“I am going to keep on working at this,” he said with a chuckle, speaking to reporters aboard Air Force One after it landed in Springfield, Ill., Thursday evening.

“And eventually we are going to break down some of these barriers because the American people need it.”

Mr. Emanuel said the White House was disappointed in Mr. Gregg’s decision but that it was better that it happen now than later. He also said Mr. Obama is racking up a string of accomplishments that are to be envied.

“I think the president has always indicated there will be days where there are setbacks, days where there will be disappointments, but as long as we’re moving forward, those will be bright days not just for us but in fact the American people,” he said. “Let’s be honest: Will the economic recovery or Judd Gregg be a bigger discussion point a week from now?”

The three earlier high-profile nominees to withdraw were Bill Richardson as commerce secretary, Tom Daschle as health and human services secretary and Nancy Killefer, whom Mr. Obama had tapped to fill a new job as the government’s chief performance officer.

She and Mr. Daschle withdrew facing questions over late tax payments, while Mr. Richardson, governor of New Mexico, withdrew in the face of a corruption probe.

A sheepish Mr. Gregg, facing a packed Capitol Hill briefing an hour after the news leaked, repeatedly took responsibility for the abrupt about-face, saying he had gradually come to the conclusion that the Cabinet job was a poor fit after a long career as a governor and senator with a reputation for independence.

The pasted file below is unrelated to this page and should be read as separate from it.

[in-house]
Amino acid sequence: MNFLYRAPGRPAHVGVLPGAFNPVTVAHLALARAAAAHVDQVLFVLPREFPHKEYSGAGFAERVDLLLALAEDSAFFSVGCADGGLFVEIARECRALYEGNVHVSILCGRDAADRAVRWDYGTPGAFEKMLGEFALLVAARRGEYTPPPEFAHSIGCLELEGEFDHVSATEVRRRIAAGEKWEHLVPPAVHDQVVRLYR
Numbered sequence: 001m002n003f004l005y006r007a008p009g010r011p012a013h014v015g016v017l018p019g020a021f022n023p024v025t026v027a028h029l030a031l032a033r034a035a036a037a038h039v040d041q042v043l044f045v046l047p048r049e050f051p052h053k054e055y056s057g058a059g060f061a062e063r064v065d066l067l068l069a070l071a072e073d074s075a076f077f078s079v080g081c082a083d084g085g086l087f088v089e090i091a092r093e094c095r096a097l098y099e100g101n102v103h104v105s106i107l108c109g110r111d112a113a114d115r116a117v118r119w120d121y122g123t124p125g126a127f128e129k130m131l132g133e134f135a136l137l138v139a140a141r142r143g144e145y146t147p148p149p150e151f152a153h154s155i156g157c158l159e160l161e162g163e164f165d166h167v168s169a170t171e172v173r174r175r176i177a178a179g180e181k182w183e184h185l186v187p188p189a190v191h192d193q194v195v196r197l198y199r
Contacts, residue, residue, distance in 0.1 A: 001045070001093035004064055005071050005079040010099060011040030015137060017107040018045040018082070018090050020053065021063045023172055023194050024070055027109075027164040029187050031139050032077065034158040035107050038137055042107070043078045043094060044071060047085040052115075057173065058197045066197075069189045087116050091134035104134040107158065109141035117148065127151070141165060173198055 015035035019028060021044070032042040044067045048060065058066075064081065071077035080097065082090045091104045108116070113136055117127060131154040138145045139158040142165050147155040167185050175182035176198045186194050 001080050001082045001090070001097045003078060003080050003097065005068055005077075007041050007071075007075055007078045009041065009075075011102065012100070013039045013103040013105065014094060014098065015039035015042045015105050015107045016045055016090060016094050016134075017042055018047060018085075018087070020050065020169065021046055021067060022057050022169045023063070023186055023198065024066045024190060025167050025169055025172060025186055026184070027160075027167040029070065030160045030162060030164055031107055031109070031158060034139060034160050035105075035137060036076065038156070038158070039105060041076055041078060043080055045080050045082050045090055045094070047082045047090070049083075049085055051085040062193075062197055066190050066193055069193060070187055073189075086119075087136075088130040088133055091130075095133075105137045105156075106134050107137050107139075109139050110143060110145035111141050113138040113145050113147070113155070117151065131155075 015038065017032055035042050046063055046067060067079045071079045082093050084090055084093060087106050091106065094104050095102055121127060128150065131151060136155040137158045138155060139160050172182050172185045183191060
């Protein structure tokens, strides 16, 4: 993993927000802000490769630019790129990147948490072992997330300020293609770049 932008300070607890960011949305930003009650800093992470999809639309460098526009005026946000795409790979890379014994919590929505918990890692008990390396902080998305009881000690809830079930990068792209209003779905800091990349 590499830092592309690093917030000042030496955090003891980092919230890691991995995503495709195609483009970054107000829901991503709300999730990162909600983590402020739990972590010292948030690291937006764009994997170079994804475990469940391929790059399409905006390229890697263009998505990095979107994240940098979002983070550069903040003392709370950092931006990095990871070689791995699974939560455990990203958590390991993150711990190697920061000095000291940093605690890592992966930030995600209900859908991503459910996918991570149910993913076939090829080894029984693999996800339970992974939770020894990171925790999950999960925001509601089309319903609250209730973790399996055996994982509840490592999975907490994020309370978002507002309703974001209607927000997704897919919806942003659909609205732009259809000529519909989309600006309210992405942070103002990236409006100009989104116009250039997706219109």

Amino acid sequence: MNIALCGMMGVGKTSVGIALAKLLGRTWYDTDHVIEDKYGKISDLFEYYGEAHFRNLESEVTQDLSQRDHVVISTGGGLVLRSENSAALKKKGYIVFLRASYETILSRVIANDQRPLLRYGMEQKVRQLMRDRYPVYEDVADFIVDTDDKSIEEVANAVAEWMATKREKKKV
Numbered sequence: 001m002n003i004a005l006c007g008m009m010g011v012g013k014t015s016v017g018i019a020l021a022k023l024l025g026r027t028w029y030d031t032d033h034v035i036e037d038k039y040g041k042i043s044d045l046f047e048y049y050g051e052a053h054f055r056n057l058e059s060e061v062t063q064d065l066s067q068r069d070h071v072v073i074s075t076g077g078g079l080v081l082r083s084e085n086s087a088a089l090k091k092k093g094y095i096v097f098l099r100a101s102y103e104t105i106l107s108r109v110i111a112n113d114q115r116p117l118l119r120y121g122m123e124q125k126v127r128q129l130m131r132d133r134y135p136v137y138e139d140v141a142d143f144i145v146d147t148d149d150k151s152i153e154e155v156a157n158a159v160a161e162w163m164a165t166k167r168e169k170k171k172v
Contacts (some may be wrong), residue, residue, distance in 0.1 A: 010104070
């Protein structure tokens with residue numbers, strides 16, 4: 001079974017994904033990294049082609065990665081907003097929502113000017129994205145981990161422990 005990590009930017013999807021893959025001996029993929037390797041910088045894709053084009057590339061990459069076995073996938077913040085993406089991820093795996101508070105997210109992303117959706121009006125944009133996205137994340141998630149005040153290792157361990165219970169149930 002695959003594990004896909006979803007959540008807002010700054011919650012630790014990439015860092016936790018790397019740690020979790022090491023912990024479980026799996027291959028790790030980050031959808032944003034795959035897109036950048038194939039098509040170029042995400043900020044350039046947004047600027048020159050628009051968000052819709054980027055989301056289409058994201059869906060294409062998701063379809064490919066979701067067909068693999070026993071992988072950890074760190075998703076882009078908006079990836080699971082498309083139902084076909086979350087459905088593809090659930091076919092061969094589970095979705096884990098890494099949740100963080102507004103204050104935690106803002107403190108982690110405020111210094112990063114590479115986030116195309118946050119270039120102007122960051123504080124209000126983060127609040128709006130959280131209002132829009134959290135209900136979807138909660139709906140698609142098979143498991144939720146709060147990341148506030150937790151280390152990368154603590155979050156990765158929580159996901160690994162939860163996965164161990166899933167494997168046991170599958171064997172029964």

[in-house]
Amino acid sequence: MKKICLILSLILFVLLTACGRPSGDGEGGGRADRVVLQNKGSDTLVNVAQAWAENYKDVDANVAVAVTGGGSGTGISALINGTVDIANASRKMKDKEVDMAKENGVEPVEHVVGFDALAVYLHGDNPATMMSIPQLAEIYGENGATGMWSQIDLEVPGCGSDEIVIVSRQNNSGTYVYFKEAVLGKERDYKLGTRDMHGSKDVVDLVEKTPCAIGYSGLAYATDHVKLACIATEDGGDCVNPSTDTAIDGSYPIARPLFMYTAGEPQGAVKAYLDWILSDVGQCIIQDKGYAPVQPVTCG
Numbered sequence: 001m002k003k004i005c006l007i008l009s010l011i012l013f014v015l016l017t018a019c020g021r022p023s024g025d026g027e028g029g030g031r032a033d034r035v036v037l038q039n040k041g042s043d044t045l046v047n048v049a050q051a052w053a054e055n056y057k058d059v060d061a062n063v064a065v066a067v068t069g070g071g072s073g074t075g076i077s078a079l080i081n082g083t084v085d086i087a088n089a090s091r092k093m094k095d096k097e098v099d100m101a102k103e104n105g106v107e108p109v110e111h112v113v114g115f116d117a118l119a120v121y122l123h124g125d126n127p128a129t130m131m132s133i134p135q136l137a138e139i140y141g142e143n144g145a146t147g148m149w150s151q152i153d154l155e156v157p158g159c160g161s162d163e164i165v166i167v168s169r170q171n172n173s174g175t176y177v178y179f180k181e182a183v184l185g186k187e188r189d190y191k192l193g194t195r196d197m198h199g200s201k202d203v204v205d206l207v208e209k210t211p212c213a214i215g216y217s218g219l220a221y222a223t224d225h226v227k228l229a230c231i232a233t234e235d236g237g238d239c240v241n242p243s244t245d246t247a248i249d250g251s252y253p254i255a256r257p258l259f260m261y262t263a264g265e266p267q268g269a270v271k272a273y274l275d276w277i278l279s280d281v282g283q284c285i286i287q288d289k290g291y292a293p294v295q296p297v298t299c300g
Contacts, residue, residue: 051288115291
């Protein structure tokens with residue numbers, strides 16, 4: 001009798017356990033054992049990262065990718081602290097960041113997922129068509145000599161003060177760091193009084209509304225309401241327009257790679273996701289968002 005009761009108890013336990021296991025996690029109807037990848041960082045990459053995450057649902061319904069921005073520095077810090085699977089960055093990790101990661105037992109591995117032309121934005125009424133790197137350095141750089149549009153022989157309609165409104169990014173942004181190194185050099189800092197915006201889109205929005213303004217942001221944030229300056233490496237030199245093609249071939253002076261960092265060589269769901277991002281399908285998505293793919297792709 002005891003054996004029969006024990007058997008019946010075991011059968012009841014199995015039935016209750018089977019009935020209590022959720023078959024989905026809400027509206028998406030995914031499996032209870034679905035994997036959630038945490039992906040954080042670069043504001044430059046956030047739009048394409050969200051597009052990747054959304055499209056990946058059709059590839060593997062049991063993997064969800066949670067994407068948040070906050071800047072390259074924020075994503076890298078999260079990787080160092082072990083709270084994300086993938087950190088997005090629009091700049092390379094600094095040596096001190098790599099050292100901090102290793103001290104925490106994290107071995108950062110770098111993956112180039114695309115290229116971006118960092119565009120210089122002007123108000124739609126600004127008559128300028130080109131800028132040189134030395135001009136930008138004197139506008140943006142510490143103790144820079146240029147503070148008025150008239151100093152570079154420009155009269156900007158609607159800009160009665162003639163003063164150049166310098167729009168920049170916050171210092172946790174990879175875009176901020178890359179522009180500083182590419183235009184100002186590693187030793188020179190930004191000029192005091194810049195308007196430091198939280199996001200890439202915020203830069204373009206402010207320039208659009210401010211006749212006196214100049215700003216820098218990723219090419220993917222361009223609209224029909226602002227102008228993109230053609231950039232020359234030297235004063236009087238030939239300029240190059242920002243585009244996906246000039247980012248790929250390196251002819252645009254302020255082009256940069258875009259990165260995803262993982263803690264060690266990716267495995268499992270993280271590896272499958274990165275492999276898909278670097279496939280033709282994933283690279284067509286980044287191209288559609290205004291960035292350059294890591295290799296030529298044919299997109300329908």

“You can’t have a blocking back who pulls out every second or third play,” he said.

He said Mr. Obama had been “incredibly gracious” and had tried to persuade him to change his mind after he learned of his decision.

“I realize that to withdraw at this point is really unfair in many ways, but to go forward and take this position and then find myself sitting there and not being able to do the job the way it should be done on behalf of the president, 100 percent, would have been an even bigger mistake,” he said.

He denied that his withdrawal was largely based on the issue of the census, a task of the Commerce Department’s Census Bureau and traditionally overseen by the commerce secretary. Congressional Democrats had expressed alarm at the prospect of a lifelong Republican in direct charge of the national head count, and the White House said it would take a stronger oversight role on the census.

Rep. Barbara Lee, California Democrat and head of the Congressional Black Caucus, had told reporters earlier in the day that she had set up a meeting with Mr. Gregg to discuss her concerns about his role in the census and on the future of Commerce Department programs aiding minority and women-owned businesses.

Mr. Gregg “expressed ‘irresolvable conflicts’ on these very same issue,” Mrs. Lee said Thursday evening. “In light of this, we feel that his decision to withdraw is in the best interest of all parties.”

Mr. Gregg hinted that he may not seek a fourth Senate term in 2010, although he declined to make a definitive declaration. Democrats said his Senate seat could be a likely pick-up in New Hampshire for the party if Mr. Gregg does not run.

Senate Republican leaders were elated at the news that Mr. Gregg was staying in the Senate.

Senate Minority Leader Mitch McConnell, Kentucky Republican, said Mr. Gregg had “made a principled decision to return and we’re glad to have him.”

With 41 seats, Senate Republicans have barely enough votes to sustain a filibuster and delay legislation. Mr. Gregg’s return to the Senate is seen as giving the Republicans a much better chance of holding on to the seat in 2010.

• Christina Bellantoni and Stephen Dinan contributed to this report.